Considerations for Dog-Loving Anglers When Fly Fishing This Fall
It’s tough to say whether or not dogs make good fishing buddies. On the one hand, it makes sense to ‘catch two fish with one cast’ by engaging in your favorite hobby while spending quality time with your furry best friend. However, an inexperienced dog or neglectful owner can throw a dark cloud over the entire experience.
At AvidMax, we believe a day outdoors is exponentially more fulfilling when spent with our four-legged friends. That’s why we don’t take the subject lightly. Proper training and preparedness are both essential to enjoying a day on the water with Fido. Out of respect to other anglers, the environment, and the trout you’re after, we suggest taking the following tips into account before heading out for a day on the river.
Train Your Dog Ahead of Time
Casting (without a fly or with a practice rod) in your backyard is the best way to teach your dog good behavior when the stakes are low. Not to mention, you’ll get extra practice in for next time you’re on the river. We also recommend training your dog using non-verbal commands so that fish won’t be as easily spooked by your instructions to ‘sit’ or ‘stay.’
One of the most important times to have your dog under control will be when reeling in a fish. Trying to catch and release without a restrained dog could result in unintended casualties – not to mention a mess caused by your dog getting tangled in the line, and nobody wants that!
Know Your Dog
Does your dog always come when called? If so, great. If not, you’ll need to keep him or her on a leash and choose fishing holes without other anglers. Other things to consider include whether your dog is friendly to animals, if he or she requires exercise before being willing to sit patiently, and how your dog reacts to inclement weather such as thunder and lightening. Taking walks together in the woods without your fishing gear is a great way to assess your dog’s behavior in a natural environment. Make sure to practice hand signals and observe how he or she reacts to wildlife and passers-by on and off the trail.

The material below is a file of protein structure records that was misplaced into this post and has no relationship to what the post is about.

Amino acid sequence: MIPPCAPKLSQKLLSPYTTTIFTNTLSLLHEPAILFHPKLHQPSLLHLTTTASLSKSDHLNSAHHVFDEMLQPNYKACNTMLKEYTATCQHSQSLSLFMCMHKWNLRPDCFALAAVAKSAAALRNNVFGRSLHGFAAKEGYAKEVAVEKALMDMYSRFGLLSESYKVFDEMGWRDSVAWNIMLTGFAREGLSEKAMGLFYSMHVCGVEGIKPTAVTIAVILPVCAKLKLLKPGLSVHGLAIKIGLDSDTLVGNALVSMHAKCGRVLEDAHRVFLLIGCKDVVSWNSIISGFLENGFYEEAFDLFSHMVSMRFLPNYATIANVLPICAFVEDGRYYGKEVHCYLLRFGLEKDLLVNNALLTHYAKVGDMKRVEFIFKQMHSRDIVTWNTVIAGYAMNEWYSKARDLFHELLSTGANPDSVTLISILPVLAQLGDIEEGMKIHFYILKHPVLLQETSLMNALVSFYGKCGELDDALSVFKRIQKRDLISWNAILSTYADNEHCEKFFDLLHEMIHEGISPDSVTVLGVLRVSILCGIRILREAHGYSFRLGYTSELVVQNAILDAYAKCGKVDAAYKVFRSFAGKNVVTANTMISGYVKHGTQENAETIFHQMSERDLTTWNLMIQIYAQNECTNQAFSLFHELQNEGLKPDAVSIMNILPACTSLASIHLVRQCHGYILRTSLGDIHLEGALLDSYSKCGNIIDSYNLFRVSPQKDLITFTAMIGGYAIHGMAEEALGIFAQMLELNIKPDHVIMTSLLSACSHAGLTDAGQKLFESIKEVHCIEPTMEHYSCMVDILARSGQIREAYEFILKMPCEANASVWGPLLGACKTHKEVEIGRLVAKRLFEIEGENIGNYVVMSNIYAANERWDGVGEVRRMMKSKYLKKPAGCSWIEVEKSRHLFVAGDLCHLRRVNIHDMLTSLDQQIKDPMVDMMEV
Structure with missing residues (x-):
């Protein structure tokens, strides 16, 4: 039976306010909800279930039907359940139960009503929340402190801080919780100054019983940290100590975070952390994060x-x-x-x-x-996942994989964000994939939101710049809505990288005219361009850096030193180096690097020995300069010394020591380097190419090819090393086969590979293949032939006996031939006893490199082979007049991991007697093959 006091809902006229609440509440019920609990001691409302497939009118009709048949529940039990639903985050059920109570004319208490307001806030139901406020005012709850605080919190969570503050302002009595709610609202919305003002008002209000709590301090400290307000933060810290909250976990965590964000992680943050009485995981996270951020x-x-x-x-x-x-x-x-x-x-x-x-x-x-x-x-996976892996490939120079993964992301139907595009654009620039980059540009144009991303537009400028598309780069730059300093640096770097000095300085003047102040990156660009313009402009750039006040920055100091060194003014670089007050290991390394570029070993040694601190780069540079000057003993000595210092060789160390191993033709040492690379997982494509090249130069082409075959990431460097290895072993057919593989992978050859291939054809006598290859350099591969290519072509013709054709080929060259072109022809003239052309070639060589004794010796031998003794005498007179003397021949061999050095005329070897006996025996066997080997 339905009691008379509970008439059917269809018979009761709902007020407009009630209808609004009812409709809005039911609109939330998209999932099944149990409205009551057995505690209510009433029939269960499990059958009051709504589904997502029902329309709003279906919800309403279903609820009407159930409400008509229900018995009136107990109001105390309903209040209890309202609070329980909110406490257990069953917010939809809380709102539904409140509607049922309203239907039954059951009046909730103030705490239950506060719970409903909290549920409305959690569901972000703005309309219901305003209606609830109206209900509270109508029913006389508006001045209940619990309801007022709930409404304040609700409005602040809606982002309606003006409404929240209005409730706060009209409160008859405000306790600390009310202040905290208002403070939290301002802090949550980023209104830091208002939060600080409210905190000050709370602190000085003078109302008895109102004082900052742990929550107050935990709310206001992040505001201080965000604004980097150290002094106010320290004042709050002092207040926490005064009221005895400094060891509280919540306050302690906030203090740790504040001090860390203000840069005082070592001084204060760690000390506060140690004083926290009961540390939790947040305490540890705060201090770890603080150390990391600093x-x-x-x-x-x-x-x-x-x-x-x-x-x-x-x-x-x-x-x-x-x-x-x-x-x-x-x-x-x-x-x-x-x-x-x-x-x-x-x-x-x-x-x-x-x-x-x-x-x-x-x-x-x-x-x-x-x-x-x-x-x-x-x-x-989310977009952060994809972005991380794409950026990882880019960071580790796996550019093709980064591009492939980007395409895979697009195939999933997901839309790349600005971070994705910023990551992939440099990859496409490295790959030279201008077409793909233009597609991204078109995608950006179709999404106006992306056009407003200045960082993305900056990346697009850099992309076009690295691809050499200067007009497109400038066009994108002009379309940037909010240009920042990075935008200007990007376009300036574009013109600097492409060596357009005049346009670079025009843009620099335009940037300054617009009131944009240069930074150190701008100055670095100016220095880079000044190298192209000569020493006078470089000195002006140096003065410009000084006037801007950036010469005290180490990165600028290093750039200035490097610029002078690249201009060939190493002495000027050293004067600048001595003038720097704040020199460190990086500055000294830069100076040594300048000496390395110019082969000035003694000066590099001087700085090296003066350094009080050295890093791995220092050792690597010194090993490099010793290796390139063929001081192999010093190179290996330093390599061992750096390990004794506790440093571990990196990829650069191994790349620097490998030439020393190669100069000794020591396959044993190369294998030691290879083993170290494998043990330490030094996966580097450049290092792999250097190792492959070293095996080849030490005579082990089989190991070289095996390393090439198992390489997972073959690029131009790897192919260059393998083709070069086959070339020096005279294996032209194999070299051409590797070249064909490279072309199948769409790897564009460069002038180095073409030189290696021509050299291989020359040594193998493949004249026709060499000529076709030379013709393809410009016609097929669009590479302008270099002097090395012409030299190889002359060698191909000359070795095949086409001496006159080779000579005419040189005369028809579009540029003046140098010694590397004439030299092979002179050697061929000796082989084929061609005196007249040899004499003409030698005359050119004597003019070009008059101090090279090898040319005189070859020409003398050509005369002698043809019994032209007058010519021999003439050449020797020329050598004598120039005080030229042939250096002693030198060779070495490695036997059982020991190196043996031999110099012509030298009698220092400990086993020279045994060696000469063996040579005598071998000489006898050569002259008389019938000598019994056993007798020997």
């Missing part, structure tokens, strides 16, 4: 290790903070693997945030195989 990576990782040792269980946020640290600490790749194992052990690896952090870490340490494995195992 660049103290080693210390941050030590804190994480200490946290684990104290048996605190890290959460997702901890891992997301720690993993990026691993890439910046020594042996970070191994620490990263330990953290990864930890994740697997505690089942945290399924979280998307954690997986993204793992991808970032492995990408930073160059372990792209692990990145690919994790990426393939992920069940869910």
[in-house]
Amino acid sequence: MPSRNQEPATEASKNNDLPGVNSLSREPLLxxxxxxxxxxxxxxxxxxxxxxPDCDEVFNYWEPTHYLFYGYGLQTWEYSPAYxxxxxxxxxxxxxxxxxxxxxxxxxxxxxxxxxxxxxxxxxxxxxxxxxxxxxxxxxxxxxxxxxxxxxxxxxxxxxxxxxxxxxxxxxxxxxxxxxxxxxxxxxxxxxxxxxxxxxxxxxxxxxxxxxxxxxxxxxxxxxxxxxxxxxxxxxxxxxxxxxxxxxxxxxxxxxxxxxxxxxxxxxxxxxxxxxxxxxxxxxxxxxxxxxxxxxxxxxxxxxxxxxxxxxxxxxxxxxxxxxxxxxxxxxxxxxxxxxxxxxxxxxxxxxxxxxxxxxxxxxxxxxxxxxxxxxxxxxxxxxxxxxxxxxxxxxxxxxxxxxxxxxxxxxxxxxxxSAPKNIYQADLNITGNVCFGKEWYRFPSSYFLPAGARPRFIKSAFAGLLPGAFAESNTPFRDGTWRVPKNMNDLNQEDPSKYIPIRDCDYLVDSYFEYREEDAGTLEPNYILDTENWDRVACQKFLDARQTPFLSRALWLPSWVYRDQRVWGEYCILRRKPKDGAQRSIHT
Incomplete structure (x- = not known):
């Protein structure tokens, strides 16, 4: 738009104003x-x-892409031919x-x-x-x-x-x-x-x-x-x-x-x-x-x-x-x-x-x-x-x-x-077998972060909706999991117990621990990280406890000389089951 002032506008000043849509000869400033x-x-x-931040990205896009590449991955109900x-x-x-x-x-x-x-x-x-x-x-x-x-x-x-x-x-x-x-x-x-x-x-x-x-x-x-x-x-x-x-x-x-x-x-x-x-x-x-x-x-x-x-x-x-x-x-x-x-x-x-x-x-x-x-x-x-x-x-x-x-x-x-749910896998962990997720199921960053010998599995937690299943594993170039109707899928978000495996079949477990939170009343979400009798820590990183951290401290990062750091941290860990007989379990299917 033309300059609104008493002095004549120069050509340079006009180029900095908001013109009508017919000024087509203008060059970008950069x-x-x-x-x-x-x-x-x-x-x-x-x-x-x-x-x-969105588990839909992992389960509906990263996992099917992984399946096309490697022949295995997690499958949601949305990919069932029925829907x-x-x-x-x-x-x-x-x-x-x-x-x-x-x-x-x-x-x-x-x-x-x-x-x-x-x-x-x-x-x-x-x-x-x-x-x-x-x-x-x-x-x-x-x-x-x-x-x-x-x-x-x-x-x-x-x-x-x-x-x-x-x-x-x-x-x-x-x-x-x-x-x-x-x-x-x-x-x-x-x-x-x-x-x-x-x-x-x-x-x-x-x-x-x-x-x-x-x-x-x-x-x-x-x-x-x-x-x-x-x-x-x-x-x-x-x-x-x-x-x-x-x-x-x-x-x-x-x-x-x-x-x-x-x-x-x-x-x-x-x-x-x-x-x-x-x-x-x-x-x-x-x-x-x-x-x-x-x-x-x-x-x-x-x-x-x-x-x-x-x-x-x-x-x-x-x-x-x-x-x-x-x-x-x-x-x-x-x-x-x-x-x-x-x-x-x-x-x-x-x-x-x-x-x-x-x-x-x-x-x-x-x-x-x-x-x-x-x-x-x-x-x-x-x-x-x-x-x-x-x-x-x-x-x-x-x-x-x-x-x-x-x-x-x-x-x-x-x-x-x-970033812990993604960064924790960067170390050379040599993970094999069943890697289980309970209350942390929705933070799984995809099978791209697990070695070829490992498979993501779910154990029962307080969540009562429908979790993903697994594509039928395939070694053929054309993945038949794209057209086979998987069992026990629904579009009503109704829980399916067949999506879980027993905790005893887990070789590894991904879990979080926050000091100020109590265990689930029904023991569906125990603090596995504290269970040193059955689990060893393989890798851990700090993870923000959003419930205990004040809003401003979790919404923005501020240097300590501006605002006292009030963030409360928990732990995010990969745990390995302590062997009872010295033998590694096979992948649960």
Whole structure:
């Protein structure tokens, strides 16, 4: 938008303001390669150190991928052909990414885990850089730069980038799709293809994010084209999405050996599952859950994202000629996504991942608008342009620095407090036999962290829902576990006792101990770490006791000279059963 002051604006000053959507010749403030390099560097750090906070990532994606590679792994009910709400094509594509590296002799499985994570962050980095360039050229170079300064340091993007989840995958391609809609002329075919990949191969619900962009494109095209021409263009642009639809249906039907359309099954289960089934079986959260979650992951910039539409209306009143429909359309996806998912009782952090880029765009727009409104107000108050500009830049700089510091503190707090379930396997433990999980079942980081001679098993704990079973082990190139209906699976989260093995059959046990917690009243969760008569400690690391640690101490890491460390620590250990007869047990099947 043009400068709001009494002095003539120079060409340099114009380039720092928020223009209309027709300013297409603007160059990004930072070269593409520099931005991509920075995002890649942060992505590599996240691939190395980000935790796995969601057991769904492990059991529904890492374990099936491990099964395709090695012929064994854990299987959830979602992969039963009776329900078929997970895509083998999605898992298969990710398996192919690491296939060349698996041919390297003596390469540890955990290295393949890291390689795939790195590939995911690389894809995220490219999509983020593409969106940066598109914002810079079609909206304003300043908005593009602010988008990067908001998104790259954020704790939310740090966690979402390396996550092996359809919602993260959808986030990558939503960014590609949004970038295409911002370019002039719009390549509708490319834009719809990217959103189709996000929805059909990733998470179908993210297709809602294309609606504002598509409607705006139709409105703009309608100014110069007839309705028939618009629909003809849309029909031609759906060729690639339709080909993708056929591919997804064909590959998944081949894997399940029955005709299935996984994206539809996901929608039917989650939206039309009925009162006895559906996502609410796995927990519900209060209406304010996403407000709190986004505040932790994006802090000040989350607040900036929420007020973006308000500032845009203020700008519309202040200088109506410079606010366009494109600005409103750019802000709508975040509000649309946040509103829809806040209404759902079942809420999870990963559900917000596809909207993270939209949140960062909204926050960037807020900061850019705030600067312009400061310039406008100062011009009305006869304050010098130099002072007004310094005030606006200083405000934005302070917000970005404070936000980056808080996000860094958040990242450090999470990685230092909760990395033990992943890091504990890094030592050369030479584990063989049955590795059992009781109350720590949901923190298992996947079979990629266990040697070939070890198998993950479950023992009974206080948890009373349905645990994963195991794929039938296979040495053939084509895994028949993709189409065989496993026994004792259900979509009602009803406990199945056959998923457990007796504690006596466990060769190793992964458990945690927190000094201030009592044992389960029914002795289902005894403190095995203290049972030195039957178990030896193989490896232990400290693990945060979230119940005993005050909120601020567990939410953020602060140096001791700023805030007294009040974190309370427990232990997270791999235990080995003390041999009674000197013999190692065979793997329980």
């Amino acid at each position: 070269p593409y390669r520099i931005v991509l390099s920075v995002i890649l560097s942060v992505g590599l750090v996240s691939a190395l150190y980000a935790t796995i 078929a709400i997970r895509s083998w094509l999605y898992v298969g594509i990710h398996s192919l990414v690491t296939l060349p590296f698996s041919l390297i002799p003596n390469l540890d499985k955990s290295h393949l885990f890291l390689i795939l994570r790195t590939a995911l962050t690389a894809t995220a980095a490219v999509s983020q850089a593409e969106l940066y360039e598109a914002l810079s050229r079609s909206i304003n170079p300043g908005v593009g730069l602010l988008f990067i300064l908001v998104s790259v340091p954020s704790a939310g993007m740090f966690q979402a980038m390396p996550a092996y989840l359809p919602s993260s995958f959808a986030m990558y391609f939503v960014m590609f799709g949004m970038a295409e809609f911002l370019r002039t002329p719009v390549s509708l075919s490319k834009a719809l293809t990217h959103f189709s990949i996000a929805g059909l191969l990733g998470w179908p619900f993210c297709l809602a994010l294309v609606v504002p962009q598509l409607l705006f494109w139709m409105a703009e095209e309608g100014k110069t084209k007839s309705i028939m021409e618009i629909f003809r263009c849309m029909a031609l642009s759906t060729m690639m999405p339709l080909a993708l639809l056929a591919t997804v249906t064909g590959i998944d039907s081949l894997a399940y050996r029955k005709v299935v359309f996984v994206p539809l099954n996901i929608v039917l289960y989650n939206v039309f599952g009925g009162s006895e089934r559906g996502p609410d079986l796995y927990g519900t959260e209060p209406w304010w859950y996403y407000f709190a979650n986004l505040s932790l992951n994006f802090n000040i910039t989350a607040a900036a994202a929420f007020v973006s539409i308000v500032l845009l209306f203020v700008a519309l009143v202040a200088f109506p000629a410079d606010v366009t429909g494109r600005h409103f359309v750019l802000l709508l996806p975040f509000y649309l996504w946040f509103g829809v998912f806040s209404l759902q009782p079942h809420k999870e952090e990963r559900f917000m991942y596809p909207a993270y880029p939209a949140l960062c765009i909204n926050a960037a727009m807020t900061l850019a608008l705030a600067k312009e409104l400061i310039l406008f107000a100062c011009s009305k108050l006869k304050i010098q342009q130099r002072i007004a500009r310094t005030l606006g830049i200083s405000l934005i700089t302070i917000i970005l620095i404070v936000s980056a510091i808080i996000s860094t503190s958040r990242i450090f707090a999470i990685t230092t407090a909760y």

Rattlesnakes, fast rapids, and open fly boxes all present dangers to your pooch. Prevent expensive vet bills by properly storing your flies, avoiding raging water, and paying attention to your surroundings. If you’re wade fishing in fast-moving water, make sure your dog is trained well enough to stay on the bank when told.
Outfit your four-legged friend with a life jacket as an extra safety precaution. Our K-9 Float Coat comes with a gripping handle in case you need to pick your dog up from the water. Dog Fleeces will help keep your furry friend warm in the winter, and a portable bowl provides hydration without the risk of your hound spooking a rising fish.
Use Common Sense
Pick up your dog’s waste and properly dispose of it rather than leaving your trash for someone else to pick up. If there’s a leash law at a park, keep your dog on a leash. The more time your dog spends fly fishing with you, the more acclimated it’ll be – and the more fun both of you will have.